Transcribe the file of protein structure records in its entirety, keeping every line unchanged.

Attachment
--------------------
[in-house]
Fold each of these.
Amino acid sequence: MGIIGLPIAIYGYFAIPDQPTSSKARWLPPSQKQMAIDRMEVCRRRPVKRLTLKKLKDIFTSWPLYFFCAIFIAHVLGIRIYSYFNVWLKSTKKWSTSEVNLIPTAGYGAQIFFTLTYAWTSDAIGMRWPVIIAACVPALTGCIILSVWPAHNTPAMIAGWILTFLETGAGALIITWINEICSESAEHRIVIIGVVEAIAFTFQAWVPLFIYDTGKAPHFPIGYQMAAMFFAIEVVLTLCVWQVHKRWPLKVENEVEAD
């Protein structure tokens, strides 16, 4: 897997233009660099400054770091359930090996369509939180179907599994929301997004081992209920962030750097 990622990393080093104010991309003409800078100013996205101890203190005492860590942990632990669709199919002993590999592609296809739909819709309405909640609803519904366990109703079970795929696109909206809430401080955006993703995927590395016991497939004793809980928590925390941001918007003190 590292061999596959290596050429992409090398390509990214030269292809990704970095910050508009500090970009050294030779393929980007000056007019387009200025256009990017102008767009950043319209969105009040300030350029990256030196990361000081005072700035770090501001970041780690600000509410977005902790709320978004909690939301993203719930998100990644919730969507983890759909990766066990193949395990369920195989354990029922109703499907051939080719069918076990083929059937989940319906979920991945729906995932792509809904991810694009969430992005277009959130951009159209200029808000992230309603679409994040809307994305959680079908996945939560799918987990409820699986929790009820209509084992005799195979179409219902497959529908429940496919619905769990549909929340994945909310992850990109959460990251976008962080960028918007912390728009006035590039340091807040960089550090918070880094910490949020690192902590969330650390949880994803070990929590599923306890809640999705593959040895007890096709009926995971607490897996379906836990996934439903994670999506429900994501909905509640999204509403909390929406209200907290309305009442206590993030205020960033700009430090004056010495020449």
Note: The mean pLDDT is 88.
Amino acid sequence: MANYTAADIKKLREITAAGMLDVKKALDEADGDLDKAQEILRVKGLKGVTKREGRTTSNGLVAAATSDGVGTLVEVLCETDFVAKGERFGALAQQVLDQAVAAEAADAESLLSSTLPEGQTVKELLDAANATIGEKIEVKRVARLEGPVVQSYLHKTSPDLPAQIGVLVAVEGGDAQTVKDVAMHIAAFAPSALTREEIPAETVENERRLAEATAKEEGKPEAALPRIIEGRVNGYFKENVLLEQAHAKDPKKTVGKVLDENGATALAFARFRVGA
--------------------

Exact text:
[in-house]
Fold each of these.
Amino acid sequence: MGIIGLPIAIYGYFAIPDQPTSSKARWLPPSQKQMAIDRMEVCRRRPVKRLTLKKLKDIFTSWPLYFFCAIFIAHVLGIRIYSYFNVWLKSTKKWSTSEVNLIPTAGYGAQIFFTLTYAWTSDAIGMRWPVIIAACVPALTGCIILSVWPAHNTPAMIAGWILTFLETGAGALIITWINEICSESAEHRIVIIGVVEAIAFTFQAWVPLFIYDTGKAPHFPIGYQMAAMFFAIEVVLTLCVWQVHKRWPLKVENEVEAD
């Protein structure tokens, strides 16, 4: 897997233009660099400054770091359930090996369509939180179907599994929301997004081992209920962030750097 990622990393080093104010991309003409800078100013996205101890203190005492860590942990632990669709199919002993590999592609296809739909819709309405909640609803519904366990109703079970795929696109909206809430401080955006993703995927590395016991497939004793809980928590925390941001918007003190 590292061999596959290596050429992409090398390509990214030269292809990704970095910050508009500090970009050294030779393929980007000056007019387009200025256009990017102008767009950043319209969105009040300030350029990256030196990361000081005072700035770090501001970041780690600000509410977005902790709320978004909690939301993203719930998100990644919730969507983890759909990766066990193949395990369920195989354990029922109703499907051939080719069918076990083929059937989940319906979920991945729906995932792509809904991810694009969430992005277009959130951009159209200029808000992230309603679409994040809307994305959680079908996945939560799918987990409820699986929790009820209509084992005799195979179409219902497959529908429940496919619905769990549909929340994945909310992850990109959460990251976008962080960028918007912390728009006035590039340091807040960089550090918070880094910490949020690192902590969330650390949880994803070990929590599923306890809640999705593959040895007890096709009926995971607490897996379906836990996934439903994670999506429900994501909905509640999204509403909390929406209200907290309305009442206590993030205020960033700009430090004056010495020449």
Note: The mean pLDDT is 88.
Amino acid sequence: MANYTAADIKKLREITAAGMLDVKKALDEADGDLDKAQEILRVKGLKGVTKREGRTTSNGLVAAATSDGVGTLVEVLCETDFVAKGERFGALAQQVLDQAVAAEAADAESLLSSTLPEGQTVKELLDAANATIGEKIEVKRVARLEGPVVQSYLHKTSPDLPAQIGVLVAVEGGDAQTVKDVAMHIAAFAPSALTREEIPAETVENERRLAEATAKEEGKPEAALPRIIEGRVNGYFKENVLLEQAHAKDPKKTVGKVLDENGATALAFARFRVGA